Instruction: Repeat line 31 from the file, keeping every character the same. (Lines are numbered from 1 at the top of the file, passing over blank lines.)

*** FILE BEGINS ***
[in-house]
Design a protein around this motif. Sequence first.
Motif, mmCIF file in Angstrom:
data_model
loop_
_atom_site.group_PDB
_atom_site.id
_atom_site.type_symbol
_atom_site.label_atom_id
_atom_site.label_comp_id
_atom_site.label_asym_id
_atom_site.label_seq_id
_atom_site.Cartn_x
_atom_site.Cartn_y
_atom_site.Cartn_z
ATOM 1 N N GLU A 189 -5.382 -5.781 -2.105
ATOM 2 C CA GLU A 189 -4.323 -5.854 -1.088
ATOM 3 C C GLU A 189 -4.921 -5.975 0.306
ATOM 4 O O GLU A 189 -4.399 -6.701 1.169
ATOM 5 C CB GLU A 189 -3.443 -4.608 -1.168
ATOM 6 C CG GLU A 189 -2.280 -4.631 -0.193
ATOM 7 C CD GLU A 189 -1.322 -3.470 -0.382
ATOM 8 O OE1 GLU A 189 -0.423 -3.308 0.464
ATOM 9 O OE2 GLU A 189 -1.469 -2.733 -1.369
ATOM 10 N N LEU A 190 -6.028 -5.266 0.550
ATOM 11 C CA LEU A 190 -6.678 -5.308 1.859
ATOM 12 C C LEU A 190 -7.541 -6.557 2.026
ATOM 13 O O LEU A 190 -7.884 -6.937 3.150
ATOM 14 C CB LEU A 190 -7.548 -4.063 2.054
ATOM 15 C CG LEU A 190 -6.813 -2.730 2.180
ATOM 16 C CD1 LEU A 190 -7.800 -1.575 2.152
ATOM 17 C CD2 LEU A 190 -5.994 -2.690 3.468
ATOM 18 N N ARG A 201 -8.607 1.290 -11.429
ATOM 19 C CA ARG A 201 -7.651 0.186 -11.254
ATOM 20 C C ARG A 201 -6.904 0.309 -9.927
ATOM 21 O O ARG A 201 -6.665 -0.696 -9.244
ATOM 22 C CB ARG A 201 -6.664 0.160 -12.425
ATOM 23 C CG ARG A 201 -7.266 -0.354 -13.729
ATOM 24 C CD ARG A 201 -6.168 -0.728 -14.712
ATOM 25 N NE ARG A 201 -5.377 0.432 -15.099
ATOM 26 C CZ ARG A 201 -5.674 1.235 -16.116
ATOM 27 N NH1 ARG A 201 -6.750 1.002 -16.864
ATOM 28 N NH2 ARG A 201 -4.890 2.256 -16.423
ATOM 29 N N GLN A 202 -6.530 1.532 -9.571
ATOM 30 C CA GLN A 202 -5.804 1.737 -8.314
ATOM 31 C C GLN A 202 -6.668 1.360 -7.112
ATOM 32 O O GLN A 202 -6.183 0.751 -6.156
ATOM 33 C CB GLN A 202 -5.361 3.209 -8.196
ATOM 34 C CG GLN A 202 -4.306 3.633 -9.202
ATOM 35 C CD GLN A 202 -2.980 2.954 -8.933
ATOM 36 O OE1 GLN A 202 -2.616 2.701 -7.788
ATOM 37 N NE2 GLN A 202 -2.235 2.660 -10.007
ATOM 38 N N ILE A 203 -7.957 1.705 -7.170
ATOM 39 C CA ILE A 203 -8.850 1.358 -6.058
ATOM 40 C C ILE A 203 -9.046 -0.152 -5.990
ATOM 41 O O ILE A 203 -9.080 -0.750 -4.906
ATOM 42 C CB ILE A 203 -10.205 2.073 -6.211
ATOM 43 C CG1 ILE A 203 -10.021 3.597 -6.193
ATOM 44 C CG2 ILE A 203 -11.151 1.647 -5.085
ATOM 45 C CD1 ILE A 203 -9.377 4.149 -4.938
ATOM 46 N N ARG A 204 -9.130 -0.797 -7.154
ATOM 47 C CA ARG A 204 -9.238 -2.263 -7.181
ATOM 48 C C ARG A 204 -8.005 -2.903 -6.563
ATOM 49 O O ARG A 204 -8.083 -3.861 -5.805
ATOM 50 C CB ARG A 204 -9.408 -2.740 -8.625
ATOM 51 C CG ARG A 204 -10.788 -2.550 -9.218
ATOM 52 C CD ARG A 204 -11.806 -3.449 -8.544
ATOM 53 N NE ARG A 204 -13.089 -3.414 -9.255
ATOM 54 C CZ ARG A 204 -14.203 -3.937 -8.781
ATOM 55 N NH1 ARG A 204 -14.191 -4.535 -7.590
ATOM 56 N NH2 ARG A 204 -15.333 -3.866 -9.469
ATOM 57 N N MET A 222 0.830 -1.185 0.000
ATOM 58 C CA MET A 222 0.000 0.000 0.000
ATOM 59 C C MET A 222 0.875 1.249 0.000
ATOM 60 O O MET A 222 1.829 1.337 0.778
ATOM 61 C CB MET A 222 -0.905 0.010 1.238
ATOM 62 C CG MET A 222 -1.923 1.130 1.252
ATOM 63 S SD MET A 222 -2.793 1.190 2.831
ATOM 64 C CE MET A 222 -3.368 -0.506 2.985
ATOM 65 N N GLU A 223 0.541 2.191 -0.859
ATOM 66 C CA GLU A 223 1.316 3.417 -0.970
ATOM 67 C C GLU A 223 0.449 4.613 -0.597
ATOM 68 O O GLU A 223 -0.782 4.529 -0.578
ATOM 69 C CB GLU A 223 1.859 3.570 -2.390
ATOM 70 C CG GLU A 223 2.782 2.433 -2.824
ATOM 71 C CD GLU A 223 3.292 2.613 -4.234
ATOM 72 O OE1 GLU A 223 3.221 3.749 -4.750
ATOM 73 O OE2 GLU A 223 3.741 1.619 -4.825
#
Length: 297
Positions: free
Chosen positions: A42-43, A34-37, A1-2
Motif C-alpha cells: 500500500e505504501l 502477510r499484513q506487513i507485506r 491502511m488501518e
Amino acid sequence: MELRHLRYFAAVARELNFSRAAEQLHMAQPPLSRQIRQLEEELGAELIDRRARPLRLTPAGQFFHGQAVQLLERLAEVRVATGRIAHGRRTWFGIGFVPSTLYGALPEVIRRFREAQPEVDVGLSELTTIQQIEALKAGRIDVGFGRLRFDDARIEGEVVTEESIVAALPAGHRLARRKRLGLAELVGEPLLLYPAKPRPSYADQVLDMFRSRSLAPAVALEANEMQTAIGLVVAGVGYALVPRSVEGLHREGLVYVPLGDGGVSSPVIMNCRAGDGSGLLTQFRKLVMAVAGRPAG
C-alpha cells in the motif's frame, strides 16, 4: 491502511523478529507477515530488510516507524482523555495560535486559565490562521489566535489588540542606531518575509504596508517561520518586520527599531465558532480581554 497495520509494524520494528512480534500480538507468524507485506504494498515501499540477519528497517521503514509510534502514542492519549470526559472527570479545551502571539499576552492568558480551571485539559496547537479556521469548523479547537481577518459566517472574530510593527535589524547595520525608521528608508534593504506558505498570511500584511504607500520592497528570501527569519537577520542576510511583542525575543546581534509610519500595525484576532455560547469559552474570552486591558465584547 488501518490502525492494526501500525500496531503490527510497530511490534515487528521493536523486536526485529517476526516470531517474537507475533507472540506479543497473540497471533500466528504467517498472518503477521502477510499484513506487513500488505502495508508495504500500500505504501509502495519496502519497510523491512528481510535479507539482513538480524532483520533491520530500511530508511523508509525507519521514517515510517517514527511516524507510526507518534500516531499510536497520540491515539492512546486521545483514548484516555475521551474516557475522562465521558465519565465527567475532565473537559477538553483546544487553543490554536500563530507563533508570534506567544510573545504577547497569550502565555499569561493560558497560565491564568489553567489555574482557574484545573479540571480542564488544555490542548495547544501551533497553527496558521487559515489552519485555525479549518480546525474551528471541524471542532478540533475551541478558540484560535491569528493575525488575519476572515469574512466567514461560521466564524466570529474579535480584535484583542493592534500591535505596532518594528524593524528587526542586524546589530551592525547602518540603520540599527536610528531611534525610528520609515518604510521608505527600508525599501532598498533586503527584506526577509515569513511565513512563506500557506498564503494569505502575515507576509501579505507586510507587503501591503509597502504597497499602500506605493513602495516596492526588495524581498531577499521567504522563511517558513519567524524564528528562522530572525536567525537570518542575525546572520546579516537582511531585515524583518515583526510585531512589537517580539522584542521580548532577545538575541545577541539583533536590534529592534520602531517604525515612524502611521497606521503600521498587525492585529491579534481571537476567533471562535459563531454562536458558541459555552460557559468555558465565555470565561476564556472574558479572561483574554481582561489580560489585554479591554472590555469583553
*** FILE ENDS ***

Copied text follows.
ATOM 16 C CD1 LEU A 190 -7.800 -1.575 2.152